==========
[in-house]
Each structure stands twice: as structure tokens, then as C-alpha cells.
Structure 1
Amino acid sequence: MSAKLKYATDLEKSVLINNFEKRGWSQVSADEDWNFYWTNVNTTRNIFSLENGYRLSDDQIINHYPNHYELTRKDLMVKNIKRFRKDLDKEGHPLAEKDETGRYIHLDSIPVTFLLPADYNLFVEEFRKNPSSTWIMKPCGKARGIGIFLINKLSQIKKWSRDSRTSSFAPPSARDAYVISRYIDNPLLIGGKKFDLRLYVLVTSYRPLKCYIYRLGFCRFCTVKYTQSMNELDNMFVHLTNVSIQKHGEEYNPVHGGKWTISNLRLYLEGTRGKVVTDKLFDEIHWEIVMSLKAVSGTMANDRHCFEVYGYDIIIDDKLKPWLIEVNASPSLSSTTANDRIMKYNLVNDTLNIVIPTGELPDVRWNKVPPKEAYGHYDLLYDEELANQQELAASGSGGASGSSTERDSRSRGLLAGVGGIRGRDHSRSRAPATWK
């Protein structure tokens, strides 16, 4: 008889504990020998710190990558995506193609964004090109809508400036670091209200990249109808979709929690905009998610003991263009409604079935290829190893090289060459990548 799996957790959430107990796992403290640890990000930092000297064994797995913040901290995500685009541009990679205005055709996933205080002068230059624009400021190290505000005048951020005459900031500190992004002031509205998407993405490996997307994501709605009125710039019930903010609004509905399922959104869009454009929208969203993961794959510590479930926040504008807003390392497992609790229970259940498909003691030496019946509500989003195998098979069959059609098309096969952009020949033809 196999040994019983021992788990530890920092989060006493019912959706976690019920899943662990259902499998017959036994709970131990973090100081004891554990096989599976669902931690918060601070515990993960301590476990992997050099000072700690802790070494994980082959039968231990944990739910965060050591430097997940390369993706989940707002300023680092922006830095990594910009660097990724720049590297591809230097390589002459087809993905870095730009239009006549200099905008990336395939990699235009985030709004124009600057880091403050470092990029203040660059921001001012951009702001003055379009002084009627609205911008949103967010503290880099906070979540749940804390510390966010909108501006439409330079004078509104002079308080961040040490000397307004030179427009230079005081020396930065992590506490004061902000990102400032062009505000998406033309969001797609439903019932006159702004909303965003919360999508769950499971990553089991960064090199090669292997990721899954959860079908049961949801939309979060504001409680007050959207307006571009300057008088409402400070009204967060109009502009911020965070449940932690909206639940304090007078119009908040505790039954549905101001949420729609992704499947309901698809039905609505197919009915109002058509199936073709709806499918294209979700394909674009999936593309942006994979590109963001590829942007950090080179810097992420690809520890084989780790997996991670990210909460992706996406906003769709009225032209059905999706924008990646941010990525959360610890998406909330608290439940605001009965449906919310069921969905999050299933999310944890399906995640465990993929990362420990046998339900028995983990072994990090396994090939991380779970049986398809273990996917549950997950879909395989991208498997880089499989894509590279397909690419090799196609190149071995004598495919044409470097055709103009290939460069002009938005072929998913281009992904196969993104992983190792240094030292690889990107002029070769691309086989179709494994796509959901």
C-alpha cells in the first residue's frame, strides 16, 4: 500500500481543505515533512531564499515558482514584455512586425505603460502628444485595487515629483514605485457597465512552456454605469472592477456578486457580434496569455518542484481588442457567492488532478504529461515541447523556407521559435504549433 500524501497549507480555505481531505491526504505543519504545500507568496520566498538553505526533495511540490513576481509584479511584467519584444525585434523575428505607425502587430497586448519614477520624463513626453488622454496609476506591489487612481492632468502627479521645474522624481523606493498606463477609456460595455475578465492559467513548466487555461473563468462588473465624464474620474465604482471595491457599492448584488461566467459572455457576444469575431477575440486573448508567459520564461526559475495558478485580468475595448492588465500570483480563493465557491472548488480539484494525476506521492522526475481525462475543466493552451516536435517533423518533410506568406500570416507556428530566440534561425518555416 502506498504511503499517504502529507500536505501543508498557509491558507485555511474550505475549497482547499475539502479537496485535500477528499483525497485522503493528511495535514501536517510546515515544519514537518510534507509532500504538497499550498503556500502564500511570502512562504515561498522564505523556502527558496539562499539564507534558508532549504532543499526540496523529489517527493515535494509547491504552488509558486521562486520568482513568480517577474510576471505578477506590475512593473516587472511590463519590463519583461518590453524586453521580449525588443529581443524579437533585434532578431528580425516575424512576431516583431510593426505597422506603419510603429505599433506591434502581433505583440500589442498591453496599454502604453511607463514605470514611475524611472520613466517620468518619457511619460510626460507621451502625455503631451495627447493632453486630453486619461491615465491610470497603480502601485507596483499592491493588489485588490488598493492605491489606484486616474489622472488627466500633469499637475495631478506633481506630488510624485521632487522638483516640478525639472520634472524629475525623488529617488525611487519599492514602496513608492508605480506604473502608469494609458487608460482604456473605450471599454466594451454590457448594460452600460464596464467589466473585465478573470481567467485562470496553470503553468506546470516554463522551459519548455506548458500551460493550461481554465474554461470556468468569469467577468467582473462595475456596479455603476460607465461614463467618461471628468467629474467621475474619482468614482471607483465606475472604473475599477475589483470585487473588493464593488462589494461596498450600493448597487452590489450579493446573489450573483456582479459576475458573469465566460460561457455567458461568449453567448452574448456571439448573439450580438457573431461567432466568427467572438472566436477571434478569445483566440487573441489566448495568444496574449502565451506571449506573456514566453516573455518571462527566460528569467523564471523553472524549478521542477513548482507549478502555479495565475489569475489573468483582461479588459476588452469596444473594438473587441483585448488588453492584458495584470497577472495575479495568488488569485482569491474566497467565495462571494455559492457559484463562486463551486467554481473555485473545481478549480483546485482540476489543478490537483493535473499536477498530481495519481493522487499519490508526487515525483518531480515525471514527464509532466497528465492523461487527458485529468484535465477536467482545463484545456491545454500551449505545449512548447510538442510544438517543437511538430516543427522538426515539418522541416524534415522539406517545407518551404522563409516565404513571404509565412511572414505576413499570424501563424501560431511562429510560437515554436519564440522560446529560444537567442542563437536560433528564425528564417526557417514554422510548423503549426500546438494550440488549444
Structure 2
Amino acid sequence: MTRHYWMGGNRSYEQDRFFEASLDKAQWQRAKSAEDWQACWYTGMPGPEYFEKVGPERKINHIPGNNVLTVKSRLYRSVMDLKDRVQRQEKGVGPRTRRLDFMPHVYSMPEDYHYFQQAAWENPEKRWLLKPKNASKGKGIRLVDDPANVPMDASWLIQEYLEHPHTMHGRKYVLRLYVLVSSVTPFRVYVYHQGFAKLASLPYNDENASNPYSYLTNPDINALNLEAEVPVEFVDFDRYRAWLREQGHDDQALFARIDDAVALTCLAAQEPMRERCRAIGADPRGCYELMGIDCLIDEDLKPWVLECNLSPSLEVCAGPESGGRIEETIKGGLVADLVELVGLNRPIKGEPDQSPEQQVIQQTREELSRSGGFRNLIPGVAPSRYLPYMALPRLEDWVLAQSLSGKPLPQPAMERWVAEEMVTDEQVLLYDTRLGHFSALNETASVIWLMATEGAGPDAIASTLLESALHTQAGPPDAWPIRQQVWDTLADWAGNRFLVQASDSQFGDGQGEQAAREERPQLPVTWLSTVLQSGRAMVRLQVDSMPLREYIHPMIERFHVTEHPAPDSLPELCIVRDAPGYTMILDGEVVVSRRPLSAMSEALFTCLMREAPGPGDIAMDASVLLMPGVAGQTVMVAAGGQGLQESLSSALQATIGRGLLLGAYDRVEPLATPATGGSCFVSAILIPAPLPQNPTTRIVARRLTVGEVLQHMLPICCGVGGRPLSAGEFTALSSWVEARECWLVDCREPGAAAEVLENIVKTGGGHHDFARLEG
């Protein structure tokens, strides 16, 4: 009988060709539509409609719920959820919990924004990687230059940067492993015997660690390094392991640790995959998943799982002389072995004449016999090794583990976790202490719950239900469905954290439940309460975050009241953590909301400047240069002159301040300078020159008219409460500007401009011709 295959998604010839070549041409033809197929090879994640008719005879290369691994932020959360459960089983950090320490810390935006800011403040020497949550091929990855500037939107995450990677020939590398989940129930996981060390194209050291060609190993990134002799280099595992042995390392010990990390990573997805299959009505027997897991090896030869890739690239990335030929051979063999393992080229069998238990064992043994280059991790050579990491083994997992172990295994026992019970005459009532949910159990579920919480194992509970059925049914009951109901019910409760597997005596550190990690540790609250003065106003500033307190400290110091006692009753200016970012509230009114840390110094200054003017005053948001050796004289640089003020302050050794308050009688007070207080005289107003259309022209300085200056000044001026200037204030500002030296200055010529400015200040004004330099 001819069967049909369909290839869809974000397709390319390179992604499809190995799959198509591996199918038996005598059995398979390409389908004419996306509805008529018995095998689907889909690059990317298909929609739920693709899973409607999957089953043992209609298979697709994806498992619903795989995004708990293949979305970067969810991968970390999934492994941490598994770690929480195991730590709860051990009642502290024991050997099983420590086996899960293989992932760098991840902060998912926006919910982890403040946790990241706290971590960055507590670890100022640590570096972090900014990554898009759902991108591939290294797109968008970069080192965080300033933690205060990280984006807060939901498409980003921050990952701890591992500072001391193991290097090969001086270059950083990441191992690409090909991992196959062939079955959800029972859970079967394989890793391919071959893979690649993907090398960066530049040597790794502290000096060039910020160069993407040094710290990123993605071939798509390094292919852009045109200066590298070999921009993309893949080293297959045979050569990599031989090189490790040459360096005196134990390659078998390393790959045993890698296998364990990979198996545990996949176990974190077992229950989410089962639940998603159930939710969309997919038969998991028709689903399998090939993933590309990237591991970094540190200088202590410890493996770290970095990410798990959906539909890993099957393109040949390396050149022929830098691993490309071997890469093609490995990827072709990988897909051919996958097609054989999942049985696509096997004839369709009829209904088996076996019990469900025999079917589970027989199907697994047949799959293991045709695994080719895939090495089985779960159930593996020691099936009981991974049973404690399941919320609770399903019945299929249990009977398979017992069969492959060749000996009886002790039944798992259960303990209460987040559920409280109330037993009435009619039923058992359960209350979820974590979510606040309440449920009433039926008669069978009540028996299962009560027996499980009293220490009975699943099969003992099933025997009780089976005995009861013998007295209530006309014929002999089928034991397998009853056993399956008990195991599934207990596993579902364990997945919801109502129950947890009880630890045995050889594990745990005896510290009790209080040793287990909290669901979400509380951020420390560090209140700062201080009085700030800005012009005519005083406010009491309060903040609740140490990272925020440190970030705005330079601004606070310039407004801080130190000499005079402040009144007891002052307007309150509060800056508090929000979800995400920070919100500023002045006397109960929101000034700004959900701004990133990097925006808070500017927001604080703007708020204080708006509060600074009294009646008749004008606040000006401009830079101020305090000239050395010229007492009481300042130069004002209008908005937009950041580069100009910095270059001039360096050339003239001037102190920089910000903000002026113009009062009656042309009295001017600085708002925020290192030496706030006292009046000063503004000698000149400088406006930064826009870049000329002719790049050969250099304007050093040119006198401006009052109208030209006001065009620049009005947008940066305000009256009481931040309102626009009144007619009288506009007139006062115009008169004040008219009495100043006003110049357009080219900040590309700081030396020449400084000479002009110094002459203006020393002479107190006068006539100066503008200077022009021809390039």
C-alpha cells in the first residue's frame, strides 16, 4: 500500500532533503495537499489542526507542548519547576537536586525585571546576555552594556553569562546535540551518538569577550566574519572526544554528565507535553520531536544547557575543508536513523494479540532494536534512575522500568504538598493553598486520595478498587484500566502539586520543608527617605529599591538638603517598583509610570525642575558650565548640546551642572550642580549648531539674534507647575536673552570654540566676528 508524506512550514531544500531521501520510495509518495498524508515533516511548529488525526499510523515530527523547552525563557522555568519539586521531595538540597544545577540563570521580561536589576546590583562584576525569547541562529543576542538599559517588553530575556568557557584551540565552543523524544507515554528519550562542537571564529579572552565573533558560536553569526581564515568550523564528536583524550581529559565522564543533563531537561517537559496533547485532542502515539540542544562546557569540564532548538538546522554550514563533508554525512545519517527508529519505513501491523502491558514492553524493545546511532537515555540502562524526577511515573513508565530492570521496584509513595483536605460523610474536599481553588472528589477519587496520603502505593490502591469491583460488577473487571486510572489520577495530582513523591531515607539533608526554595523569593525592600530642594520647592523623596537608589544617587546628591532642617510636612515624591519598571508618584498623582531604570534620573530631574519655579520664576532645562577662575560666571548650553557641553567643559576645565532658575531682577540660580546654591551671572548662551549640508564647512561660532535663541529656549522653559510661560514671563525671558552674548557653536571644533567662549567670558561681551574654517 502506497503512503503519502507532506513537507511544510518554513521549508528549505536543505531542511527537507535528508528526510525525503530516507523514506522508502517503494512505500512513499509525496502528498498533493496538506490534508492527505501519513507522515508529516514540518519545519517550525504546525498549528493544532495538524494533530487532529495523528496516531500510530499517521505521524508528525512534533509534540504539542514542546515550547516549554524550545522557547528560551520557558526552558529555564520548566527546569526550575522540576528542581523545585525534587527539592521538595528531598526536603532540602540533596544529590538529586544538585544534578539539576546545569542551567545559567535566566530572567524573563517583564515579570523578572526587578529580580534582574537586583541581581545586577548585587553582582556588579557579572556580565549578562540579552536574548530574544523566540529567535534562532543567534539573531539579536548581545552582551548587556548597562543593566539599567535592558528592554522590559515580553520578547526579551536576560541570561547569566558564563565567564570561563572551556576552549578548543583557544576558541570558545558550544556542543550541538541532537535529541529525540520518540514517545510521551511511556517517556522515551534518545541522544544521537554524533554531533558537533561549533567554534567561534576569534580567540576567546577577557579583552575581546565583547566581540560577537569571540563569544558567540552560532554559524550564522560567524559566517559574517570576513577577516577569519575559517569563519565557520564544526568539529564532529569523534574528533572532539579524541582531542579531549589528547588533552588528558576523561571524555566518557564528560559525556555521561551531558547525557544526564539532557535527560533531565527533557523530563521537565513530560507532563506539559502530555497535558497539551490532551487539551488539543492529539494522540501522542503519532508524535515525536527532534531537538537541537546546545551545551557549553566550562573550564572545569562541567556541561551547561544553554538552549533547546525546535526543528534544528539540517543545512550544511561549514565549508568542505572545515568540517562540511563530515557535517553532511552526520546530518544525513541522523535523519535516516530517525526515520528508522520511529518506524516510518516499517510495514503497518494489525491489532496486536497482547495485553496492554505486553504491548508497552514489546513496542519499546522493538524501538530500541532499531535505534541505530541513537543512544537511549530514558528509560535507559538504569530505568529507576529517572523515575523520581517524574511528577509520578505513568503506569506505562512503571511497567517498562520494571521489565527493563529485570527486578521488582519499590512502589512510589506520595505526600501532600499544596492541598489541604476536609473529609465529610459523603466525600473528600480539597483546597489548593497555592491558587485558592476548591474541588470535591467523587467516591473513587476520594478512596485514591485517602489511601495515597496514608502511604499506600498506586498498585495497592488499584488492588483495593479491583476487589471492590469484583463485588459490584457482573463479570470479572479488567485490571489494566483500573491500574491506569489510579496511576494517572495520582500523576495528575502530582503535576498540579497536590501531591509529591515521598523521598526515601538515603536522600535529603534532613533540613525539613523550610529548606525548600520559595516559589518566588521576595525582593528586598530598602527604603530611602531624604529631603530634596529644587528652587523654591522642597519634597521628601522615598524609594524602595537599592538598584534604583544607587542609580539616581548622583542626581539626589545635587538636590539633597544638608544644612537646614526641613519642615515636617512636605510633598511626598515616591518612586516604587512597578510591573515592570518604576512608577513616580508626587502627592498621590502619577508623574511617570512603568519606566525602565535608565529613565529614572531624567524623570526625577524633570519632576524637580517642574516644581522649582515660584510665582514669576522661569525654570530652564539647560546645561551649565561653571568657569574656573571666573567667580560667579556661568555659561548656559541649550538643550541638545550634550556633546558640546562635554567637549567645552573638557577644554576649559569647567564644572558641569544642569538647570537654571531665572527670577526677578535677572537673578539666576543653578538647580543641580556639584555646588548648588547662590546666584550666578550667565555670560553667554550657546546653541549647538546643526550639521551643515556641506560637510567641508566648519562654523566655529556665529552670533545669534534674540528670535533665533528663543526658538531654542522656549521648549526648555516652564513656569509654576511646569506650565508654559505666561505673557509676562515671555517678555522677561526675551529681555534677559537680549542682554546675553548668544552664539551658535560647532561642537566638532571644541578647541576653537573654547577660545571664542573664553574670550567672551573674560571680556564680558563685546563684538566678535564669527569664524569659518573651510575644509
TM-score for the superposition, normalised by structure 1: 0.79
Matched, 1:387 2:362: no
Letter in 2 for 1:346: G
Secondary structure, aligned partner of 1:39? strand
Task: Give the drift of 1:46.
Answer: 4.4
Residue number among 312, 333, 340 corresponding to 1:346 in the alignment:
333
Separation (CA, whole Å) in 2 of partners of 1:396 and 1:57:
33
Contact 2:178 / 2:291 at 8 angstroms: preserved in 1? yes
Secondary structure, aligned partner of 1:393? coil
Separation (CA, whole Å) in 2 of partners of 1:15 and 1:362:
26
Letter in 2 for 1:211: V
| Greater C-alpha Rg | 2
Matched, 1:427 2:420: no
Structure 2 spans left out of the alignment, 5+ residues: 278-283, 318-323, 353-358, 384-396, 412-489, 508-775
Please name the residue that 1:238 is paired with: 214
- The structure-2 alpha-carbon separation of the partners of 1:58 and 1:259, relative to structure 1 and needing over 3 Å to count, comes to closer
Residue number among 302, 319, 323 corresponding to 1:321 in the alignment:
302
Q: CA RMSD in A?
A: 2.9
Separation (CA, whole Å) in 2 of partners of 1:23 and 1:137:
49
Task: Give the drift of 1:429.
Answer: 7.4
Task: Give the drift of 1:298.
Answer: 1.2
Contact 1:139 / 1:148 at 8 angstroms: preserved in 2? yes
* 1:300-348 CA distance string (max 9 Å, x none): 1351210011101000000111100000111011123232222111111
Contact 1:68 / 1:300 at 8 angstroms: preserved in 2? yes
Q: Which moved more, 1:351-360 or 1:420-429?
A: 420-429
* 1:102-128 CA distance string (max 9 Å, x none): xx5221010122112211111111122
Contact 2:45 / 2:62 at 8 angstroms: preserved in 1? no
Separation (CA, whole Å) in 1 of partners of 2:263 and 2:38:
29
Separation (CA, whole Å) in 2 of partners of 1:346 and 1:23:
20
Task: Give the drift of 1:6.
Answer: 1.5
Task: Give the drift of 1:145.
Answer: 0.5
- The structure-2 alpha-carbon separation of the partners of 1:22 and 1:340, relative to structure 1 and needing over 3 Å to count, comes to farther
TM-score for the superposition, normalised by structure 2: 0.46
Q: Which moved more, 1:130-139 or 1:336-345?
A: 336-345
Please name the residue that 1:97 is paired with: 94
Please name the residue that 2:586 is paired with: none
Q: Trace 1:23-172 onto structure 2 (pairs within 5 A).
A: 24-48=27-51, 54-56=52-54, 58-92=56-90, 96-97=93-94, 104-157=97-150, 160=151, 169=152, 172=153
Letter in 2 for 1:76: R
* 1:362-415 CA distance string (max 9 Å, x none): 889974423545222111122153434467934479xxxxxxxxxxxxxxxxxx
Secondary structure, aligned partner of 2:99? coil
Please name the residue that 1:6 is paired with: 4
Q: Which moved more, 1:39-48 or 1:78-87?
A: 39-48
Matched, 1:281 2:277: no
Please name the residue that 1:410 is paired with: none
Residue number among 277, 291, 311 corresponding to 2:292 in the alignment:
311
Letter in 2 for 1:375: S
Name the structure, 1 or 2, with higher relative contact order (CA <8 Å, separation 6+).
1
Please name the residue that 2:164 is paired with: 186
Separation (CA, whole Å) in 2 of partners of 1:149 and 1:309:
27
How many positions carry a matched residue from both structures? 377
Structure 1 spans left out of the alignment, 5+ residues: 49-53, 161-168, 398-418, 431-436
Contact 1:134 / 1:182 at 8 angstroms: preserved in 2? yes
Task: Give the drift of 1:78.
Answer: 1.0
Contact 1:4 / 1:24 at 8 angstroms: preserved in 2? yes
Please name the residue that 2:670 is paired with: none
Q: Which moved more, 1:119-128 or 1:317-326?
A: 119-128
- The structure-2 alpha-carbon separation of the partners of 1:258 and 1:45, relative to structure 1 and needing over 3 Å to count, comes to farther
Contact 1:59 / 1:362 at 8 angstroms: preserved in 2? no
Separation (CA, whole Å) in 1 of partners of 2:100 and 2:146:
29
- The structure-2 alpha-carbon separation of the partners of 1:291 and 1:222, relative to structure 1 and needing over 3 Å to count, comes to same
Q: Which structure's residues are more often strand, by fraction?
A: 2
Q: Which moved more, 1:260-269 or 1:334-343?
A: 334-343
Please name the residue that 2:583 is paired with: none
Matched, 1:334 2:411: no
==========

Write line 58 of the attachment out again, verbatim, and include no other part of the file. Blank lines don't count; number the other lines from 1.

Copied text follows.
Q: Which moved more, 1:130-139 or 1:336-345?